- Energy Drain returns in later editions as a debuff, in the form of negative levels. At first, energy drain inflicts a temporary negative level, sapping hit points and inflicting a 1:1 penalty to all rolls and statistics. If this level isn't removed, and the save against it is failed the following day, the negative level may become permanent, forcing the hapless character to earn their level back the hard way.
- In Numenera, you can use unspent XP for temporary advantages. Interestingly, you can also gain XP by accepting disadvantages.
- Vampire: The Requiem has a few of the most powerful Theban Sorcery spells cost Willpower Points; once cast, the stat itself goes down. Characters can spend XP to buy it back up to the previous level, but until then they're essentially less able to expend mental and emotional energy. Interestingly, creating a new vampire requires the exact same expenditure on part of the vampire's sire. The setting details some sires who mass embrace too many, too quickly, and become emotional wrecks unable to hold themselves together.
- In Exalted, Charms that give permanent upgrades to oneself or others tend to cost XP.
- Form Fixing Method, used to give a Lunar their awesome magical tattoos.
- Youth-Restoring Benison, used to restore a mortal to full youth, costs 1 XP if the effects are to be permanent.
- In Swedish RPG Trudvang Chronicles, the spell to make a permanent magic item costs 1 permanent Willpower, and the one to establish its own power supply (rather than drawing mana from the user) costs an additional one. On the bright side, Willpower increases get progressively more improbable, the more you already have (roll below 25-WP on a d20 after an adventure where you use your WP stat), which means that spending Willpower makes them easier to get.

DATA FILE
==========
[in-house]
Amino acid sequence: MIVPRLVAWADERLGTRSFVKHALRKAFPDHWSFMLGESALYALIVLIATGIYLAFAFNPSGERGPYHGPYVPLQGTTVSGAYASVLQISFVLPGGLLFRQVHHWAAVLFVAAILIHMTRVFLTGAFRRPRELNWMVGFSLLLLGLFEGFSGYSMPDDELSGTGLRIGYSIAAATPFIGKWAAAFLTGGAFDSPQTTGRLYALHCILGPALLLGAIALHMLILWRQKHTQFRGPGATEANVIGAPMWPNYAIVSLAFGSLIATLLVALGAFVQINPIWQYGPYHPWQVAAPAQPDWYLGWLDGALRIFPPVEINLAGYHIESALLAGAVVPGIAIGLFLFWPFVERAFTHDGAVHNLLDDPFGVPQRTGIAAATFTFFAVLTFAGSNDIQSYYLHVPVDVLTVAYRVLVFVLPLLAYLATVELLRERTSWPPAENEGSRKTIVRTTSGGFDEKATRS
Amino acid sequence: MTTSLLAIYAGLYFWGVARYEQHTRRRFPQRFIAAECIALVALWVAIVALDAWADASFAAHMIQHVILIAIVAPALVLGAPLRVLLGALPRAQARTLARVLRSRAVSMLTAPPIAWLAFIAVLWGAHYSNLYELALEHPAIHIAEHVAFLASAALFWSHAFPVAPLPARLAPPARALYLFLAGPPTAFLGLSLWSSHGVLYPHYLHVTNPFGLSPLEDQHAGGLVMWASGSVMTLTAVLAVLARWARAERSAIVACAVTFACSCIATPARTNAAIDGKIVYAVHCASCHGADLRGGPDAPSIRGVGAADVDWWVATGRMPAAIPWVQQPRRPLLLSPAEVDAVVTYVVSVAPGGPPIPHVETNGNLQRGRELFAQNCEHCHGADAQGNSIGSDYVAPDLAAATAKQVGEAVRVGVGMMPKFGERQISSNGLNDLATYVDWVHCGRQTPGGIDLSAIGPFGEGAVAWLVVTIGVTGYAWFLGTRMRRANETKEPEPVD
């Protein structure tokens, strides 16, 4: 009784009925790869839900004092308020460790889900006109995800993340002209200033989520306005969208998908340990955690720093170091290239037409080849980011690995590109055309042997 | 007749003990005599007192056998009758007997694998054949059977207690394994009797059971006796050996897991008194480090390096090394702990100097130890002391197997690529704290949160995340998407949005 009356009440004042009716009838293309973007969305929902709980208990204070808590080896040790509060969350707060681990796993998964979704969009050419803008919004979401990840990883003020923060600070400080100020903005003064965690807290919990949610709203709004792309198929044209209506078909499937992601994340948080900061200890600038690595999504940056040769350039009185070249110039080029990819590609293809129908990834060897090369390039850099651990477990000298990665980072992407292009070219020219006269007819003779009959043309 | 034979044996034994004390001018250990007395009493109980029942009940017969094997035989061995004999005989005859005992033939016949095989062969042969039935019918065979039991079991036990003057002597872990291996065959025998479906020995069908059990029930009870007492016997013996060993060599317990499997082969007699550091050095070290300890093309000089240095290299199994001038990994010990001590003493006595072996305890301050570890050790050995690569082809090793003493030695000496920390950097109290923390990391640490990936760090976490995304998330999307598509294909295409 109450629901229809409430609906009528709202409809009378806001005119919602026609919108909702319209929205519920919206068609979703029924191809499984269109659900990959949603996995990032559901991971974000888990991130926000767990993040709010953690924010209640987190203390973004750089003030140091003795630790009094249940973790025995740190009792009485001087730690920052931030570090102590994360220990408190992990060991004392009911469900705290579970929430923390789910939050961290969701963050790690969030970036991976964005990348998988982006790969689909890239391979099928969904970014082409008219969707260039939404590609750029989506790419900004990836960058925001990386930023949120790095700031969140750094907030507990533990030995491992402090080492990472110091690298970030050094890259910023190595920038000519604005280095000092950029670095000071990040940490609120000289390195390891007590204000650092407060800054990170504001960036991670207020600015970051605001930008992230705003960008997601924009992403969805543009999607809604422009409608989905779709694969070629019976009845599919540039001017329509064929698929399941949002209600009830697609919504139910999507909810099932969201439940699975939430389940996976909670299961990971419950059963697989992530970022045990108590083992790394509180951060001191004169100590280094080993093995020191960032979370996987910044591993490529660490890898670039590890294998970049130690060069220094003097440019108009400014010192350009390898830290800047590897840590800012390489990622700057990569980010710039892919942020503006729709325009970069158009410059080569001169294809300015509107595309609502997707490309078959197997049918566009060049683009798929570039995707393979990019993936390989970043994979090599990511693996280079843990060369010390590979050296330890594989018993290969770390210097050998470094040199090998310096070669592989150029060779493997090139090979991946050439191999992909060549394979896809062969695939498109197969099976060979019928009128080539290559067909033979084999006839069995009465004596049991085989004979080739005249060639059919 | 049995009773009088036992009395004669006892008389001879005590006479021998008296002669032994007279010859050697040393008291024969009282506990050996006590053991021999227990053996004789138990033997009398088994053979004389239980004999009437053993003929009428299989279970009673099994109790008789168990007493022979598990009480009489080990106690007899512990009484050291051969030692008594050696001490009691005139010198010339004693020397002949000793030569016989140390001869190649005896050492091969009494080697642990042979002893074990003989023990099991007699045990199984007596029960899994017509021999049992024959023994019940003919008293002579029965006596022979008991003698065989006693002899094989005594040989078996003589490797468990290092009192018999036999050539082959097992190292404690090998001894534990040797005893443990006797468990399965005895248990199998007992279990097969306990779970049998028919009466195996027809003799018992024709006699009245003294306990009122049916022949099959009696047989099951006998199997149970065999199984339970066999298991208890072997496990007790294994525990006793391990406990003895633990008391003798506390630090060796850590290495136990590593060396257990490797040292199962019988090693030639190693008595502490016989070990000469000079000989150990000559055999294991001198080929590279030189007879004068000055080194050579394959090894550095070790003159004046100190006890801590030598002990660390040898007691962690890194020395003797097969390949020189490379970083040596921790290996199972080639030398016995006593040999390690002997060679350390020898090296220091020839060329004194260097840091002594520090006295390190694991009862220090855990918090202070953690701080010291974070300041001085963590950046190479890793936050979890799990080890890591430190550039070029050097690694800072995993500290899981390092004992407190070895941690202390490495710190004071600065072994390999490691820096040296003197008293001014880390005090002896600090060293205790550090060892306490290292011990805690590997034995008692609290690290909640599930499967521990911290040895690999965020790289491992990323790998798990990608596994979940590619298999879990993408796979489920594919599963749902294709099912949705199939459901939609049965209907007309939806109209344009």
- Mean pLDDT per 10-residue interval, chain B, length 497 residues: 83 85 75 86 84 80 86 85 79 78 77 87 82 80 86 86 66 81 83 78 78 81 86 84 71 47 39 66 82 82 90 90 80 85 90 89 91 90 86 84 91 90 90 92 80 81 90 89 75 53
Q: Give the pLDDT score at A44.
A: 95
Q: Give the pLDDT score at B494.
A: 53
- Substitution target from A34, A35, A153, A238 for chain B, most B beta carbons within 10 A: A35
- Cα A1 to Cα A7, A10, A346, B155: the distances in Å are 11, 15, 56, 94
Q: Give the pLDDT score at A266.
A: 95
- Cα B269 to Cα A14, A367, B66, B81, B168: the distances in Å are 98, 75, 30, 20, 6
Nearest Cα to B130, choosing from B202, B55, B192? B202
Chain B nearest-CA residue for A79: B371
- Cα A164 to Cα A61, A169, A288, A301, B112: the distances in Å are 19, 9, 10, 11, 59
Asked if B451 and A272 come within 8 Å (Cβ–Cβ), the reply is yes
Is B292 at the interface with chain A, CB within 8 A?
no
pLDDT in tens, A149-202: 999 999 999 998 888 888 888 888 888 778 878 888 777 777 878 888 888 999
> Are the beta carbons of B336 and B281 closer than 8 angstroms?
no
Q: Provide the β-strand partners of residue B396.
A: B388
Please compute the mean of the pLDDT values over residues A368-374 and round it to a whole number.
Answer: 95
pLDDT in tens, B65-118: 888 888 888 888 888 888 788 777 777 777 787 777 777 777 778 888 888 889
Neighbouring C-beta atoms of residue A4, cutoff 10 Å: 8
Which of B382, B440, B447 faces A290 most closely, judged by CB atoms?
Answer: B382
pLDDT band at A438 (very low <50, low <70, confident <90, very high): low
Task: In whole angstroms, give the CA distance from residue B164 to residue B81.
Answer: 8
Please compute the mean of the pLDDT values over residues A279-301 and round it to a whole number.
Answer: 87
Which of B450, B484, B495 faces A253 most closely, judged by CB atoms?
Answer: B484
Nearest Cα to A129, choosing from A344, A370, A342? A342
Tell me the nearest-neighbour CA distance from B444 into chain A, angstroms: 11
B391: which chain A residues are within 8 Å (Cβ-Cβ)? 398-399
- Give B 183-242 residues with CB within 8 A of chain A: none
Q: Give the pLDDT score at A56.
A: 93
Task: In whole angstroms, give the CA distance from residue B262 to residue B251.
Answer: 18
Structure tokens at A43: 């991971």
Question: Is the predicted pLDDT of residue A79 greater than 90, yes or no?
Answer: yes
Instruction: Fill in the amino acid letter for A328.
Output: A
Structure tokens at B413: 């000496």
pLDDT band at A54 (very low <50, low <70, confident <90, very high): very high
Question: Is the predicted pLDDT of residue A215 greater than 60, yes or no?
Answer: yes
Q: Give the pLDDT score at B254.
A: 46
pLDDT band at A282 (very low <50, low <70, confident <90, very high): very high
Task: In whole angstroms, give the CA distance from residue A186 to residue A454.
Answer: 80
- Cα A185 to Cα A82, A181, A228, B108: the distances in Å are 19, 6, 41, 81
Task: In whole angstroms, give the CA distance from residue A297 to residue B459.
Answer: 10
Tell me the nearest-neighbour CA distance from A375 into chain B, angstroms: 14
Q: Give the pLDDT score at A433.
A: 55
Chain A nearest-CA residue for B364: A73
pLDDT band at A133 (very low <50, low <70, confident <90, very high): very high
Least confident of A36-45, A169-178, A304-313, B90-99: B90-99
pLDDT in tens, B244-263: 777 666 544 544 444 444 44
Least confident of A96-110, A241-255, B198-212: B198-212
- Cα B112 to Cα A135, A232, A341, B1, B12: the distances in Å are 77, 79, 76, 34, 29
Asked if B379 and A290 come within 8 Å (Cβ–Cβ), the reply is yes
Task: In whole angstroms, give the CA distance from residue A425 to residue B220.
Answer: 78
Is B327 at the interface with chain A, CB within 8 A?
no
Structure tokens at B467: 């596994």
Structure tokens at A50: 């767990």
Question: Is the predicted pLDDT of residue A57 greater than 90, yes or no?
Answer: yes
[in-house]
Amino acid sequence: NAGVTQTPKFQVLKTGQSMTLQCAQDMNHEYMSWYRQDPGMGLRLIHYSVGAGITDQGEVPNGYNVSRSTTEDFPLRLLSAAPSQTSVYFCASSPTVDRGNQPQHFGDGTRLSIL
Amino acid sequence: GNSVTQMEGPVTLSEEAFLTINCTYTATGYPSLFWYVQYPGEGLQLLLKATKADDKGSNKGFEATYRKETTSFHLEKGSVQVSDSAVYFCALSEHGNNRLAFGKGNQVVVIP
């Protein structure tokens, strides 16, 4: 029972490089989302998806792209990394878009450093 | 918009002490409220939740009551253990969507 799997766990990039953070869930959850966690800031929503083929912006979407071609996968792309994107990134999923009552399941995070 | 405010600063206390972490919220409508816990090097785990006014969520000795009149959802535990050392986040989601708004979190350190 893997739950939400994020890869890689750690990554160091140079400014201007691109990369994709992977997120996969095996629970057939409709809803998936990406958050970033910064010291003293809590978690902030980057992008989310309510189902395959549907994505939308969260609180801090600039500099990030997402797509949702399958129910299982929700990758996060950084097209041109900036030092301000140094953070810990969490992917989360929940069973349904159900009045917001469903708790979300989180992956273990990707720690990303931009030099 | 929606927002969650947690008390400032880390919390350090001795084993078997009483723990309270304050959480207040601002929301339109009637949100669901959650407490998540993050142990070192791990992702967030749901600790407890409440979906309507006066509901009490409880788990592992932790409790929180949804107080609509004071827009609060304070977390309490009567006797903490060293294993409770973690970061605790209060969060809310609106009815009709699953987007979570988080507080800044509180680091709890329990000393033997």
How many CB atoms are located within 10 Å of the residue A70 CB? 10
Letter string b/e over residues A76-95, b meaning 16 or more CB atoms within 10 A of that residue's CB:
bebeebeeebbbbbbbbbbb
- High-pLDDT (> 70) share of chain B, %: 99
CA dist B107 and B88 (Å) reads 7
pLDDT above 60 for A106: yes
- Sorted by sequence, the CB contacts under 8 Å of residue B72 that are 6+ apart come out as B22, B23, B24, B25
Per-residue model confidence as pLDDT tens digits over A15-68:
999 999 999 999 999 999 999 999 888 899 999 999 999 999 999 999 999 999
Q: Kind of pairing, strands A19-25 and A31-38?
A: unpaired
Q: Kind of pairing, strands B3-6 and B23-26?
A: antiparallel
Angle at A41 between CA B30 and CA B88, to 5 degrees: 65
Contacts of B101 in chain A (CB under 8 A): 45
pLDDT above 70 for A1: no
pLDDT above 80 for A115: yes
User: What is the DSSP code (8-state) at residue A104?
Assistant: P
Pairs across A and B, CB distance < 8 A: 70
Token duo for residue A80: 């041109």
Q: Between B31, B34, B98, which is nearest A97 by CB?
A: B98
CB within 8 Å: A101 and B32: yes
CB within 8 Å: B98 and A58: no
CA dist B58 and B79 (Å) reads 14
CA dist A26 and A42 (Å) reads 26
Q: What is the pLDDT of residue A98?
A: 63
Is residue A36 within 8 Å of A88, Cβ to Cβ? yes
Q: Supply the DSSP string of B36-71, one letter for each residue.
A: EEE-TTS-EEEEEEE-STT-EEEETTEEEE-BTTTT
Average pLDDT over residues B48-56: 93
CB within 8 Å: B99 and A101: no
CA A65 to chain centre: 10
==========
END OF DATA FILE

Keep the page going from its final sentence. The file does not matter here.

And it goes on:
- RuneQuest also requires permanent points of Power (the magic stat) to be spent when making permanent magic items, learning Divine Magic (the most powerful magic in the game), or when making a Fetch to become a Shaman. Like DoD, it's easier to (re)gain Power when the stat is low.
- The Projects System in Nobilis, which is the formalized way to measure your progress towards goals like "Freeing the Damned Souls in Hell" or "ousting Lord Entropy", is also the system you use to increase your own stats, meaning there's a more or less direct trade-off between having large-scale impact on the setting and getting an overpowered character. (Not that Nobilis characters aren't overpowered from character creation anyway...)
- Late in A Dance with Rogues, performing a specific, particularly selfless act (freeing the fallen paladin Luciano from an eternity of enslavement by a powerful demon to give him a chance at redemption) costs you one tenth of all of your accumulated XP, potentially bumping you down a level permanently.